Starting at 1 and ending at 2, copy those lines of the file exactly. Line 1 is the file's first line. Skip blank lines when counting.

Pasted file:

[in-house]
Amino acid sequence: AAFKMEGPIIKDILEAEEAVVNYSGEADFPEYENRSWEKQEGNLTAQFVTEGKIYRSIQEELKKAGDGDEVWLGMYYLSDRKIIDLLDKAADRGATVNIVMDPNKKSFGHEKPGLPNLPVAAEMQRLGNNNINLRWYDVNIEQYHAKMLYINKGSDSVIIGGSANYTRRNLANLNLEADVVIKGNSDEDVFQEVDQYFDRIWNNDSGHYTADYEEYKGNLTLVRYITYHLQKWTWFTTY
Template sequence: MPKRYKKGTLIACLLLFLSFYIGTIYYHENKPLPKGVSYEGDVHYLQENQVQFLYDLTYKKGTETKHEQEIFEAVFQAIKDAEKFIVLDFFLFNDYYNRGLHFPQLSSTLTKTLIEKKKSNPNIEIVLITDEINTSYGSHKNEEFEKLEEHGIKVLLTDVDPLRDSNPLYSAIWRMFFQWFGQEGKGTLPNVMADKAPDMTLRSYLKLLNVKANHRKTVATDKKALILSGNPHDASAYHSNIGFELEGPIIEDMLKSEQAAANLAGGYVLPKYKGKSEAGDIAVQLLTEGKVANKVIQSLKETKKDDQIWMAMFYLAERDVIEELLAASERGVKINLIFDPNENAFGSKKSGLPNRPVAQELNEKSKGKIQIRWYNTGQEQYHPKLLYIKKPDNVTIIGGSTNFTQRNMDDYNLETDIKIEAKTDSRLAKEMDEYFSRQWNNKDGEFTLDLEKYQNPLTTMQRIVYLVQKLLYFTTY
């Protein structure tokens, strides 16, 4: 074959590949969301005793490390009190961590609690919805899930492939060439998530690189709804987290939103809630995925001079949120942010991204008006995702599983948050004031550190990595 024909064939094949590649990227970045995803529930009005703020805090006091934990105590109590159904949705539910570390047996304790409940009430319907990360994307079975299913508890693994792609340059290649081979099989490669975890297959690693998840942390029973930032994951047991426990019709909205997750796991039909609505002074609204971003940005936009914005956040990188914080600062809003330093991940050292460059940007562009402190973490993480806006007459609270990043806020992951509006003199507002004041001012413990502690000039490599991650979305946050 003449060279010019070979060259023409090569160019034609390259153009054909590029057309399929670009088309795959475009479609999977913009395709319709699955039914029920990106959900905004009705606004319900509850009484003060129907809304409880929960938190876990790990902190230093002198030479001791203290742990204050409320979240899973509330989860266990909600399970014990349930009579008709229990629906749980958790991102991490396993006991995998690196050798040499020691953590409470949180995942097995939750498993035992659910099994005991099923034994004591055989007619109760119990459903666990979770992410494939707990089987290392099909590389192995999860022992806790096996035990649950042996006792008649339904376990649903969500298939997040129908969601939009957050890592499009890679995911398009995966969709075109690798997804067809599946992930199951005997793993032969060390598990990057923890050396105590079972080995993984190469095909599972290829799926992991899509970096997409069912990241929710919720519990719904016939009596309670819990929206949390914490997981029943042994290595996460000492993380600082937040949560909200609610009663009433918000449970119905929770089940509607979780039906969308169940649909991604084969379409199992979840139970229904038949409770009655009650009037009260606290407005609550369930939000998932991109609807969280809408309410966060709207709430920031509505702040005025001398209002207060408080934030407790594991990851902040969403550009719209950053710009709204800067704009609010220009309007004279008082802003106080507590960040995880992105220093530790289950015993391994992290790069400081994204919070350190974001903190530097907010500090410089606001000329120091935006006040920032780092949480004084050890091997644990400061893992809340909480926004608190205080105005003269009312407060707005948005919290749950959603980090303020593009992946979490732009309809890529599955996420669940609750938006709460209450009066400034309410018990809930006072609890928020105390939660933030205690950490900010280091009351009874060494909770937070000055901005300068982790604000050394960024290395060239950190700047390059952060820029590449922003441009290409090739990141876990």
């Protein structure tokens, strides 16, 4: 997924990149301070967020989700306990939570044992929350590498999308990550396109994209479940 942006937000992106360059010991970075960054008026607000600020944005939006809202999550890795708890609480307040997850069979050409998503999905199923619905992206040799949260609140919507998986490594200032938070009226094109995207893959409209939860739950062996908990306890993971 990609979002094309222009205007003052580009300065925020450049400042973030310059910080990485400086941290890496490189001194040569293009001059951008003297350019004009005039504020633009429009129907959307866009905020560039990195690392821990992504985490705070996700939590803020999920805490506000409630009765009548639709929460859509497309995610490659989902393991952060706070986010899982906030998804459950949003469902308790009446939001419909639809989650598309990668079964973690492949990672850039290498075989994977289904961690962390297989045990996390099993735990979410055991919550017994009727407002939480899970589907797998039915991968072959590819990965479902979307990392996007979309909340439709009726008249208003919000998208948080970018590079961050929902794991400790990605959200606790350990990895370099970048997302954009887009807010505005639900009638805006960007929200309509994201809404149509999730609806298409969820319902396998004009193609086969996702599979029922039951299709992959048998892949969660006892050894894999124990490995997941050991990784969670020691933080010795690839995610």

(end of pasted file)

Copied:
[in-house]
Amino acid sequence: AAFKMEGPIIKDILEAEEAVVNYSGEADFPEYENRSWEKQEGNLTAQFVTEGKIYRSIQEELKKAGDGDEVWLGMYYLSDRKIIDLLDKAADRGATVNIVMDPNKKSFGHEKPGLPNLPVAAEMQRLGNNNINLRWYDVNIEQYHAKMLYINKGSDSVIIGGSANYTRRNLANLNLEADVVIKGNSDEDVFQEVDQYFDRIWNNDSGHYTADYEEYKGNLTLVRYITYHLQKWTWFTTY